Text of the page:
•  

    TABLE 2: VOLUME OF GOODS TRANSPORT IN Q2 2020 COMPARED TO Q2 2019 IN FRANCE (IN MILLION TONNES)

     Q2 2019Q2 2020Change in %
    Total transport14.811.3-23.6
    Sands, stones, gravel6.644.33-34.8
    Grain3.033.06+0.8
    Petroleum products0.960.87-9.8
    Machines, equipment0.890.79-10.9
    Food products0.920.65-29.1
    Chemicals0.520.46-11
    Fertilizer0.390.35-8.6

    Source: VNF
     

    FIGURES 14 TO 19 : EVOLUTION OF CONTAINER TRANSPORT FOR SELECTED EUROPEAN WATERWAYS (IN 1000 TEU)

  • On the Rhine, the TEU result in Q1 2020 was 6.2% higher than in Q4 2019, but also 5.1% lower than in Q1 2019. The Albert Canal increased its result by 7.4% compared to Q4 2019 and by even 13.4% compared to Q1 2019.


  •  

  • While container transport on the Seine and the Rhône suffered under the Covid-19 crisis, in the Nord-Pas-de-Calais region it even increased, and settled at an all-time-high level in Q2 2020.


  •  

  • Container transport on the Elbe and the Mittelland Canal showed falling TEU volumes in Q4 2019 and Q1 2020. On the Weser and the West German canals, TEU volumes picked up slightly in Q1 2020.


  • Sources: Destatis, De Vlaamse Waterweg, VNF

• Inland waterway transport on German waterways accounted for 36 % of all IWW transport performance in the EU in Q1 2019, compared to 35 % in the year 2018. For container traffic taken separately, this share is 39 %.
• The number of German IWT companies represents 11 % of all IWT companies in the EU, while their share in turnover is much higher: 34 % of all turnover generated in IWW goods transport companies in the EU is produced in German companies.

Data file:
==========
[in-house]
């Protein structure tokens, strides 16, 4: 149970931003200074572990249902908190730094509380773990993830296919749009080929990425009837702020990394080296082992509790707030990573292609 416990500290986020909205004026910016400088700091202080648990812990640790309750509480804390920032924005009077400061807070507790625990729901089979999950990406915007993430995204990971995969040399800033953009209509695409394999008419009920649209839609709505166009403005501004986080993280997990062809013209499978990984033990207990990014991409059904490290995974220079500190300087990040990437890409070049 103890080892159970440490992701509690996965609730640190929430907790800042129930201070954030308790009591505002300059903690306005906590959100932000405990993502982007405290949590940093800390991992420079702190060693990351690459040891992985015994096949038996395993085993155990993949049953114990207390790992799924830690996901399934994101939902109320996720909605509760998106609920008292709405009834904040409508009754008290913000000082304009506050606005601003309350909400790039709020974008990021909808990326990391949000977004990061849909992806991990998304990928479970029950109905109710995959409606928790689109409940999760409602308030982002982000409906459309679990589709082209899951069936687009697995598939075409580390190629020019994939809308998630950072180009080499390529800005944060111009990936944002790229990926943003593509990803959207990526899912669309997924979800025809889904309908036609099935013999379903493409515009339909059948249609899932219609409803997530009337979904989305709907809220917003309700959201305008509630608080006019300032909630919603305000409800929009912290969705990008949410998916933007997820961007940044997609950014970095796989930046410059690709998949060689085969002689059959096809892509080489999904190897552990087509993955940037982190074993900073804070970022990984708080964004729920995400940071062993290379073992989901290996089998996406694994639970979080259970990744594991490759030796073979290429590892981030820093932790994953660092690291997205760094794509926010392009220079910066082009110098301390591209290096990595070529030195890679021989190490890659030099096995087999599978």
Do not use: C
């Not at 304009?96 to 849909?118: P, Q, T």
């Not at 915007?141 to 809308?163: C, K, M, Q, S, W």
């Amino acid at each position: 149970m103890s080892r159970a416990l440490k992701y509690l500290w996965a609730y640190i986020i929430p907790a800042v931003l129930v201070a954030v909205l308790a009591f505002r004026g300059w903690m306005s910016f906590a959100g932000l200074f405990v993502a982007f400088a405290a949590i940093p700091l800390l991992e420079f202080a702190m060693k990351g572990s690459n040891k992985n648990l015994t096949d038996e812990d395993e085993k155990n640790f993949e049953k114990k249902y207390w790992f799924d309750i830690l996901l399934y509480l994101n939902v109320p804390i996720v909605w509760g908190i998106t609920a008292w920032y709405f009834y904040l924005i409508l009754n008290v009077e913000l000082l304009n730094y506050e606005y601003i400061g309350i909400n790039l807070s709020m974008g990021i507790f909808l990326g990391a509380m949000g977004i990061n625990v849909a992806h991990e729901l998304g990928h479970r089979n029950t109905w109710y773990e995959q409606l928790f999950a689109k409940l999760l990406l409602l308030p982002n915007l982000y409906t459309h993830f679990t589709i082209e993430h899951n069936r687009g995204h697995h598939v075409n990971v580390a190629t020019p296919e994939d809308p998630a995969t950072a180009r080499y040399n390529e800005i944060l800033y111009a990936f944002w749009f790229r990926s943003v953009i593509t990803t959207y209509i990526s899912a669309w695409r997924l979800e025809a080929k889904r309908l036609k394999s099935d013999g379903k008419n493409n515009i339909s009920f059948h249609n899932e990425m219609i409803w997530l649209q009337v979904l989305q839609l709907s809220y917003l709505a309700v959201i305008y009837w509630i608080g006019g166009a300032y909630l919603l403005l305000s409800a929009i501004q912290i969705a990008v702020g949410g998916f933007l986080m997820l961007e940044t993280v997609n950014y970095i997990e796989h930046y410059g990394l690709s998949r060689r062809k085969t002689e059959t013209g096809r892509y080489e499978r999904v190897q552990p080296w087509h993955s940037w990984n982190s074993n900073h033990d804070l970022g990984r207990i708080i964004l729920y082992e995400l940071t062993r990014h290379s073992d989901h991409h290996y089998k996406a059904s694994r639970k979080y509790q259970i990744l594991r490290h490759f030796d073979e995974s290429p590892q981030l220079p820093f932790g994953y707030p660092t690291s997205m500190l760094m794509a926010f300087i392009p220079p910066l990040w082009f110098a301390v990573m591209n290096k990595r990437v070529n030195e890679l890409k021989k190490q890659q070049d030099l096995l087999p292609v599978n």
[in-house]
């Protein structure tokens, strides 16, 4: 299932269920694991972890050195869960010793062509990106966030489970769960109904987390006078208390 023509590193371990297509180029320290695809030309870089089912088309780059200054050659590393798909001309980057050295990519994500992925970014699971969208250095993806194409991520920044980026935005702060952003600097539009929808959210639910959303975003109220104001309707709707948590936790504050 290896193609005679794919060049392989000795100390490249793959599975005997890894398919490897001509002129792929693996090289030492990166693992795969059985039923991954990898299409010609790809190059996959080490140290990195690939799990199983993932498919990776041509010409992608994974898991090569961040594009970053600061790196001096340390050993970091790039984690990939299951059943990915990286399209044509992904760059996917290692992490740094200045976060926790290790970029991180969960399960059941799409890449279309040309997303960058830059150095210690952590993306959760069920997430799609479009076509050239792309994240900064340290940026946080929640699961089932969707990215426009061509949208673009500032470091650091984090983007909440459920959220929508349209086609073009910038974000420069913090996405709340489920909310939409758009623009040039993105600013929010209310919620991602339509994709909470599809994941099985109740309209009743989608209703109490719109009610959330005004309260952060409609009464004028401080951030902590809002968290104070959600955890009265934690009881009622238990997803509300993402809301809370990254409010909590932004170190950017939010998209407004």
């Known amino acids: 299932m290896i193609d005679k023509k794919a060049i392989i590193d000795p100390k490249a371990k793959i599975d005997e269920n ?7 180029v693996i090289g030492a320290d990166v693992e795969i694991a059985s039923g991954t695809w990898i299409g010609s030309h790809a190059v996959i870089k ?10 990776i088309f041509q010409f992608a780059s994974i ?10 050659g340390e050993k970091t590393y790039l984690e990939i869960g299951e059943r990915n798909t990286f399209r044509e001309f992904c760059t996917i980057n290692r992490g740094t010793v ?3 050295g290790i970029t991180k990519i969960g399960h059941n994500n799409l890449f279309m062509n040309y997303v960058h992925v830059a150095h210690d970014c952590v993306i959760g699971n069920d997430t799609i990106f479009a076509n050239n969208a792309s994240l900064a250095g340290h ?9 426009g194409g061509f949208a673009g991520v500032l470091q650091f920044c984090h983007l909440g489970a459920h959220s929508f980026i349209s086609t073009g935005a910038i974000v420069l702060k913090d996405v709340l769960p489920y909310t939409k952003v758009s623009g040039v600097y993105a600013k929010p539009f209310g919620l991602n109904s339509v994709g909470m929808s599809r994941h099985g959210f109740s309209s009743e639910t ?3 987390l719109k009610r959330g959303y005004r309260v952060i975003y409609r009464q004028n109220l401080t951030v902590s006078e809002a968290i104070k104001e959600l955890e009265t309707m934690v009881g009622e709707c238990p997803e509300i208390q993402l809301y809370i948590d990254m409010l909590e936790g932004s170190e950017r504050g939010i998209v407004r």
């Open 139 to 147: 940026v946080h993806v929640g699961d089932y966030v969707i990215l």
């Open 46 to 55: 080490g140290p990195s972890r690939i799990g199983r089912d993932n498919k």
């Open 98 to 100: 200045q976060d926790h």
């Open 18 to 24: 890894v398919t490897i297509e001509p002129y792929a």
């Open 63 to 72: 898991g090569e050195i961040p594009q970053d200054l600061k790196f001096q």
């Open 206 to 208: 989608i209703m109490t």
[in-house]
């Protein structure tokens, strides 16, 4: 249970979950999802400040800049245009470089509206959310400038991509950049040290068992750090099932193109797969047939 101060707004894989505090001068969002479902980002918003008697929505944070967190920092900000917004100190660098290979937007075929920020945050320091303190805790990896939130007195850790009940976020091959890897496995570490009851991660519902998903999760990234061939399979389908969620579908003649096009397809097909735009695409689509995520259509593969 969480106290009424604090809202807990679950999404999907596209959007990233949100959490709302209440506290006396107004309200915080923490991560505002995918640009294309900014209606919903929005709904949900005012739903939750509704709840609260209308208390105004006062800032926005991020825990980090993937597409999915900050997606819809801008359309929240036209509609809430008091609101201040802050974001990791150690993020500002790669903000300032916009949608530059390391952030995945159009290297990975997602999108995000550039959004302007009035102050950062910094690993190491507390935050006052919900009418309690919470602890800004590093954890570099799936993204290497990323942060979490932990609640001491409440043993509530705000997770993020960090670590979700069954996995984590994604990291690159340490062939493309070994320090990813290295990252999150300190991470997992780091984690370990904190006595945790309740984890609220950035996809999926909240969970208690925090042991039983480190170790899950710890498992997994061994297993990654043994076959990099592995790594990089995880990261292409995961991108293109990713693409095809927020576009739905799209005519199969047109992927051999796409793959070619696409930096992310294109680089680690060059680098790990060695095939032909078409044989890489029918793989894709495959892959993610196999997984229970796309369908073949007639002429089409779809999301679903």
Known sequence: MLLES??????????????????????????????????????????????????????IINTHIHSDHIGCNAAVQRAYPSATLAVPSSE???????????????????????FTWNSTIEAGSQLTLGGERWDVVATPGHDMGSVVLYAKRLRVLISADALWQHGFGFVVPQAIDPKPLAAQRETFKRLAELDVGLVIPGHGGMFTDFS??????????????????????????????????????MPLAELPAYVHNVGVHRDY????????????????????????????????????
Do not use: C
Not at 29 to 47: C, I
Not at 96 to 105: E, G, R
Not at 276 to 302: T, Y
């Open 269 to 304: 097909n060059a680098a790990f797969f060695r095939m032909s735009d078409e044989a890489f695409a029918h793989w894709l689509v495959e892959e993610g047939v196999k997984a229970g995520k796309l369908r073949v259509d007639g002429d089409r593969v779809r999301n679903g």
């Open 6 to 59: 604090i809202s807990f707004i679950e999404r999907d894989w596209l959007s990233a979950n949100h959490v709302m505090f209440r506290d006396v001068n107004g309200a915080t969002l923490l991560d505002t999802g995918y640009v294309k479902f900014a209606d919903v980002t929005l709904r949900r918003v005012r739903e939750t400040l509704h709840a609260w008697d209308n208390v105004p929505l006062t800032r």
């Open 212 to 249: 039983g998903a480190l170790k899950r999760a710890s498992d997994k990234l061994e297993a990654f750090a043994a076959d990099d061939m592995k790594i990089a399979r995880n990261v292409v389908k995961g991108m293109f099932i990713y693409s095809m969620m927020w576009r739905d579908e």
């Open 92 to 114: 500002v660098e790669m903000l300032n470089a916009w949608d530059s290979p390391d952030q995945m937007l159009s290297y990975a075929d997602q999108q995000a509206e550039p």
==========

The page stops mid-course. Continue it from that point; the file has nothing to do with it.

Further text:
• This also shows that German companies are on average larger than in many other IWW countries with a high degree of market fragmentation.

 

THE 40 LARGEST GERMAN INLAND PORTS – WATERSIDE TRAFFIC IN Q1 2019

(These 40 inland ports accounted for 74.6 % of all waterside goods traffic in German inland ports in Q1 2019. Detailed information on the 40 largest German inland ports is available on the next page).

Source: Destatis

 
 
Waterside traffic in million tonnes in Q1 2019

Inland portImport from abroadImport from national originsExport to national destinationsExport abroadTotal waterside traffic
Duisburg9.170.380.881.9912.4
Hamburg0.001.081.410.012.5
Mannheim1.330.270.260.472.3
Cologne0.640.450.420.802.3
Neuss1.130.290.210.482.1
Karlsruhe0.690.130.500.431.8
Ludwigshafen am Rhein0.680.440.150.401.7
Frankfurt am Main0.610.270.240.231.3
Gelsenkirchen0.270.150.320.501.2
Kehl0.330.290.230.151.0
Mainz0.370.230.070.260.9
Kiesbaggereien Kreis Wesel0.000.410.030.480.9
Marl0.520.150.050.190.9
Bottrop0.460.030.130.250.9
Hamm0.550.230.020.070.9
Krefeld0.350.230.090.190.9
Brunsbüttel0.000.030.800.000.8
Lünen0.590.080.020.130.8
Bremen0.020.570.140.050.8
Saarlouis0.450.000.030.200.7
Andernach0.100.100.030.450.7
Salzgitter0.020.410.230.010.7
Heilbronn0.240.110.280.040.7
Leverkusen0.330.120.090.070.6
Rheinberg0.470.000.040.090.6
Lingen (Ems)0.100.110.280.090.6
Magdeburg0.020.280.160.110.6
Wesseling0.010.050.260.220.5
Wesel0.160.080.070.220.5
Dormagen0.140.020.180.160.5
Bendorf0.150.100.070.180.5
Berlin0.020.330.120.000.5
Dörpen0.140.240.050.040.5